Uranium is a relatively common element in the earth's crust, about as common as tin or germanium and about 40 times more common than silver. Uranium is present as a trace element in many rocks, land and ocean water, but is generally only economically mined where it is present in high concentrations A growing number of higher-yield mines are remotely underground operations, such as the McArthur River mine in Canada, which alone accounts for 13% of global production.
Known global uranium resources, mineable at an arbitrary ceiling set at $130 per kg, were sufficient to last 70 to 100 years. In 2007, the OECD, assuming consumption for that period, estimated a total of 670 years of economically viable extraction for all conventional resources and phosphate ores.
Light water reactors burn fuel relatively inefficiently, using only uranium-235 which is a very rare isotope. Reprocessing can make waste reusable, and modern reactors can be more resource-efficient than older ones. With a pure fast reactor fuel cycle with consumption of all uranium and actinides, an estimated amount of uranium in contracted resources and phosphate ores for about 160 000 years at a price of $60–100/kg.
One analysis found that uranium prices could increase by two orders of magnitude between 2035 and 2100 and that there could be a shortage of uranium by the end of the century. A study by MIT and WHOI researchers found that at the current rate of consumption, the Earth's conventional global reserves of uranium could be depleted in just over a century.
The limited supply of uranium-235 could prevent substantial development with current technologies. One study found that it was uncertain whether the identified resources would be developed in time to supply continuously fuel to expanded nuclear facilities and various forms of extraction could conflict with ecological and economic barriers.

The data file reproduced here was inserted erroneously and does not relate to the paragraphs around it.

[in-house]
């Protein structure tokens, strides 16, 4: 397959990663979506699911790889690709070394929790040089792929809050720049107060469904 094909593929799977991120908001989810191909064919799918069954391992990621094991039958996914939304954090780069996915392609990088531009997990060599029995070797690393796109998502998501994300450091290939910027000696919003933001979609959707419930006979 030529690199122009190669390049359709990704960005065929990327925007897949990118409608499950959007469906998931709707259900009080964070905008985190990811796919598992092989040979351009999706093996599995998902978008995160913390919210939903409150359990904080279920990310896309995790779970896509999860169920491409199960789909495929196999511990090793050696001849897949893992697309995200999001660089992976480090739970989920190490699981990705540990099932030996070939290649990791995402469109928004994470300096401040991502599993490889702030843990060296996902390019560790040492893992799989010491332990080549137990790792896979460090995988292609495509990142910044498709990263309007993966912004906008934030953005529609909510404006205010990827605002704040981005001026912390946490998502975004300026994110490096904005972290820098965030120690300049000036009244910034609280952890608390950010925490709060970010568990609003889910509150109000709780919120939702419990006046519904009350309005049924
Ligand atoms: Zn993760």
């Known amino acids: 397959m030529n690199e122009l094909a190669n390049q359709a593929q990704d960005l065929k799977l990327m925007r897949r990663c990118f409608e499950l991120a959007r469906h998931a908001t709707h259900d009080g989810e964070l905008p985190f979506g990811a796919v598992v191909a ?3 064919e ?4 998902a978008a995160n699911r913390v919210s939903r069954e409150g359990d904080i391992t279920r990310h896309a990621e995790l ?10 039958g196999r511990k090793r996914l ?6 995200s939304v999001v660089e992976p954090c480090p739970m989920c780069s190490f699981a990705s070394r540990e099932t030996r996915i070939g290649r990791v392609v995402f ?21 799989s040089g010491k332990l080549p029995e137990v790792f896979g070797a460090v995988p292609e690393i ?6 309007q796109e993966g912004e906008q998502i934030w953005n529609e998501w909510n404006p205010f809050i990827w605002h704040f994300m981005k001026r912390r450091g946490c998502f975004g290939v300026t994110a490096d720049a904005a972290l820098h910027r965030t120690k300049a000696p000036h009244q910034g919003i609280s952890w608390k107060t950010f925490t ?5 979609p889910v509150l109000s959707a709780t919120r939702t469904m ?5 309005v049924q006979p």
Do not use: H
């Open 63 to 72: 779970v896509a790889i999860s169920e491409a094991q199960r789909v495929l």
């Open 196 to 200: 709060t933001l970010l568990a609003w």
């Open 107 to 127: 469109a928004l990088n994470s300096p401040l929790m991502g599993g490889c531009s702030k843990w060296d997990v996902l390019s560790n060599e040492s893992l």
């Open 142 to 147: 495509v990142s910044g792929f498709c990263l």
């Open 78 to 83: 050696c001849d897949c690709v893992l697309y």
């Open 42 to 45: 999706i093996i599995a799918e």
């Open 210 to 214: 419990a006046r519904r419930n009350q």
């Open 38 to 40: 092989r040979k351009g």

The researchers also report the considerable dependence on imported nuclear energy. However, there are also unconventional uranium resources. Uranium is naturally present in seawater at a concentration of approximately 3 micrograms per litre, with 4.4 billion tons of uranium considered to be present in seawater at any moment.
Like fossil fuels, over geological timescales, uranium extracted from seawater on a large scale would be replenished both by river erosion and by the natural process of uranium being dissolved from the surface of the ocean floor; both mechanisms keep the solubility equilibria of the seawater concentration at a stable level. Some commentators argue that this is a point in favor of considering nuclear energy as a renewable energy source.